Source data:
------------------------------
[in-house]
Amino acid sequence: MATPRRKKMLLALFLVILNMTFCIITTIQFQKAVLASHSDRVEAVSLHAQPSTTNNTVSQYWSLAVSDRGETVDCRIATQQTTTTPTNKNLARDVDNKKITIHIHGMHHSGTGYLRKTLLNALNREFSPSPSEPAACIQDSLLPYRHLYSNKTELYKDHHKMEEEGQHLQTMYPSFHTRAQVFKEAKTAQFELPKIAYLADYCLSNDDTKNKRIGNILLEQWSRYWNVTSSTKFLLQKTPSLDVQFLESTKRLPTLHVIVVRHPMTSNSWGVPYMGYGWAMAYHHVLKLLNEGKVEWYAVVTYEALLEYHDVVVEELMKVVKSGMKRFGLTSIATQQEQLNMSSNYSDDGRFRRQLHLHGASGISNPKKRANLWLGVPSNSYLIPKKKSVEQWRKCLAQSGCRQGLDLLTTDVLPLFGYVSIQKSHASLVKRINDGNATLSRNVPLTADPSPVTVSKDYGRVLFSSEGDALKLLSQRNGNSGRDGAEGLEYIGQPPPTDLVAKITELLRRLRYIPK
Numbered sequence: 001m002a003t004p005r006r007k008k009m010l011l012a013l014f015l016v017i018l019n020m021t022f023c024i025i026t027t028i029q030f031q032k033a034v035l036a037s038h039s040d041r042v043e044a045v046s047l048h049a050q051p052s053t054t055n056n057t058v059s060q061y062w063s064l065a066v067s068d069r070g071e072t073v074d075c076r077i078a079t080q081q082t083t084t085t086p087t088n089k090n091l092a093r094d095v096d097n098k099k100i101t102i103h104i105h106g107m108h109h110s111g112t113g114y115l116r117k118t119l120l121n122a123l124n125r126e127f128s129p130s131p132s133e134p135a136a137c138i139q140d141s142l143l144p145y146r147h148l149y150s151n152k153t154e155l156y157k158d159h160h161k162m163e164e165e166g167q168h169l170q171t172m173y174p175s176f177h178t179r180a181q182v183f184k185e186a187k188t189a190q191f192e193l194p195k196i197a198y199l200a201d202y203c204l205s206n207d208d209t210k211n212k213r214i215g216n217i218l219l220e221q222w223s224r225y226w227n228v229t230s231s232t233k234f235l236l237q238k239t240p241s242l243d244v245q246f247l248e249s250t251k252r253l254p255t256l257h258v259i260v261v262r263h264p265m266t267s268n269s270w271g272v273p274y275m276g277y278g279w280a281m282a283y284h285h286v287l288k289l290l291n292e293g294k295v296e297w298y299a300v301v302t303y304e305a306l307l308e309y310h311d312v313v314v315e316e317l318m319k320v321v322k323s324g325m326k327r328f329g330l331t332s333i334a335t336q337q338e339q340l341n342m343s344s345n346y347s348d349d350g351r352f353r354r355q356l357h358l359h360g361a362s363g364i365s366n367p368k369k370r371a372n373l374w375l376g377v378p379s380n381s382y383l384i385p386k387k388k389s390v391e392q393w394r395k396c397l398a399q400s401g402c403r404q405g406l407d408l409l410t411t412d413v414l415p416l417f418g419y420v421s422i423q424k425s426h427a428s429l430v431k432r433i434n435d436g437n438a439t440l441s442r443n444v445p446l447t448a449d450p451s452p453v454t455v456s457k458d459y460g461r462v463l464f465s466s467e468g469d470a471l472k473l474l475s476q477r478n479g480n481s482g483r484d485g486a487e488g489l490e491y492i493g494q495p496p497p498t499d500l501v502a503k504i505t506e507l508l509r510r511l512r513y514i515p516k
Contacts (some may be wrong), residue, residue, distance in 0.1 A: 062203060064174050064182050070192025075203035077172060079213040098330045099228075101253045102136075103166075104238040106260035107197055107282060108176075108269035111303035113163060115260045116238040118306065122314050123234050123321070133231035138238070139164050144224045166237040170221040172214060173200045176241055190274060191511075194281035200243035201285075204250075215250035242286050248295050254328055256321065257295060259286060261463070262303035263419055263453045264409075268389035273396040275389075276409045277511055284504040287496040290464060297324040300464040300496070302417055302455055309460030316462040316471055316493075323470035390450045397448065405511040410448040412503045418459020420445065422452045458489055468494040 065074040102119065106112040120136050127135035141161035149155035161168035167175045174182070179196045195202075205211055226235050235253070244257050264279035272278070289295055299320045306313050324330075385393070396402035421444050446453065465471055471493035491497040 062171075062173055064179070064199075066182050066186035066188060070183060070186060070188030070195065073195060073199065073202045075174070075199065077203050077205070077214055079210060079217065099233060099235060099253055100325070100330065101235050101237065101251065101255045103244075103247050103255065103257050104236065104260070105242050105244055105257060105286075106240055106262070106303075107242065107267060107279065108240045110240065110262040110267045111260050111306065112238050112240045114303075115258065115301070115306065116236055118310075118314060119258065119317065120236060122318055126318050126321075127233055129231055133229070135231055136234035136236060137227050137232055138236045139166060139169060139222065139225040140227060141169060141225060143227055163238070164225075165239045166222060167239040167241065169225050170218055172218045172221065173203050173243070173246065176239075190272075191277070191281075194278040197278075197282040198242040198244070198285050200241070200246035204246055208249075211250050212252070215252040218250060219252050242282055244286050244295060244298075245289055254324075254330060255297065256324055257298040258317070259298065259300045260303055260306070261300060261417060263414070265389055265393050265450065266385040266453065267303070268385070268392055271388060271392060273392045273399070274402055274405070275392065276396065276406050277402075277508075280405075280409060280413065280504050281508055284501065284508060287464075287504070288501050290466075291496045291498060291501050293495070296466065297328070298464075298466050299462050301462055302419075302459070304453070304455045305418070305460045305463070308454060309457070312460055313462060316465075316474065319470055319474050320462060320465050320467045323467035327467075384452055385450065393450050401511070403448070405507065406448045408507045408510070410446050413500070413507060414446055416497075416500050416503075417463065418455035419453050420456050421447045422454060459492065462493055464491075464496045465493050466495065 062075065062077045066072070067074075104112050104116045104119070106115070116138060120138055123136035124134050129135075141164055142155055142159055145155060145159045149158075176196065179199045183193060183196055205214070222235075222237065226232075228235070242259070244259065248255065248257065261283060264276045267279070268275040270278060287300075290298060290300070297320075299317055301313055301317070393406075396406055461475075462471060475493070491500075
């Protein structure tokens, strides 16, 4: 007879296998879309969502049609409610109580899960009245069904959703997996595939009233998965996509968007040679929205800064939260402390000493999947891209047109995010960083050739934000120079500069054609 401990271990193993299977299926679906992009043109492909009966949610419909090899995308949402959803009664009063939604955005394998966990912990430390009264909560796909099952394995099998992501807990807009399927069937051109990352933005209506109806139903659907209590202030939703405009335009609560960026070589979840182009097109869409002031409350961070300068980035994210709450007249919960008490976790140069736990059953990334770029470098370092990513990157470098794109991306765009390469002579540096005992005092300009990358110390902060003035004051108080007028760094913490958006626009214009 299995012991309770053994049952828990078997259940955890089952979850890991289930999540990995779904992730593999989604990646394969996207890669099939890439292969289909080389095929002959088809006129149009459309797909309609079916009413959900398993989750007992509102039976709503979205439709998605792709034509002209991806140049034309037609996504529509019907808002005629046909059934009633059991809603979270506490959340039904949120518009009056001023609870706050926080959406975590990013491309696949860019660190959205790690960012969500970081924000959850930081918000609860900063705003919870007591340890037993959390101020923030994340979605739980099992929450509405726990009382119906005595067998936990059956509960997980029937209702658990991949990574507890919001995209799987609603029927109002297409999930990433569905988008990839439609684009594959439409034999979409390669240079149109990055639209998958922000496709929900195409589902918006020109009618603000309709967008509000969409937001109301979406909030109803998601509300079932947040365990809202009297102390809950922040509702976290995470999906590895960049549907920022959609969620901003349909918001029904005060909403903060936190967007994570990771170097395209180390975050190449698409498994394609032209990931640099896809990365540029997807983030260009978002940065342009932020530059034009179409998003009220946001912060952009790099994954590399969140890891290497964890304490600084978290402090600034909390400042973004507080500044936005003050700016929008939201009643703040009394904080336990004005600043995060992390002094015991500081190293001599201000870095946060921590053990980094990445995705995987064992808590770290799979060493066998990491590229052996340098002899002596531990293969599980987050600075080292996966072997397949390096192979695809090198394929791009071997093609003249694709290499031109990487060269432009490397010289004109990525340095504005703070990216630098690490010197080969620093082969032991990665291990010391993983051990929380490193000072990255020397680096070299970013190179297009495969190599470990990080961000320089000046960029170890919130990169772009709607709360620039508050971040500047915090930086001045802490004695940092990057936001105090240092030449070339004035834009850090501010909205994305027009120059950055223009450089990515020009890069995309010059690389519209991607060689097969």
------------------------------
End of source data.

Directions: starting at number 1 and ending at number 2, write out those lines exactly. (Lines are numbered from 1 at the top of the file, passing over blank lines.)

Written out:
[in-house]
Amino acid sequence: MATPRRKKMLLALFLVILNMTFCIITTIQFQKAVLASHSDRVEAVSLHAQPSTTNNTVSQYWSLAVSDRGETVDCRIATQQTTTTPTNKNLARDVDNKKITIHIHGMHHSGTGYLRKTLLNALNREFSPSPSEPAACIQDSLLPYRHLYSNKTELYKDHHKMEEEGQHLQTMYPSFHTRAQVFKEAKTAQFELPKIAYLADYCLSNDDTKNKRIGNILLEQWSRYWNVTSSTKFLLQKTPSLDVQFLESTKRLPTLHVIVVRHPMTSNSWGVPYMGYGWAMAYHHVLKLLNEGKVEWYAVVTYEALLEYHDVVVEELMKVVKSGMKRFGLTSIATQQEQLNMSSNYSDDGRFRRQLHLHGASGISNPKKRANLWLGVPSNSYLIPKKKSVEQWRKCLAQSGCRQGLDLLTTDVLPLFGYVSIQKSHASLVKRINDGNATLSRNVPLTADPSPVTVSKDYGRVLFSSEGDALKLLSQRNGNSGRDGAEGLEYIGQPPPTDLVAKITELLRRLRYIPK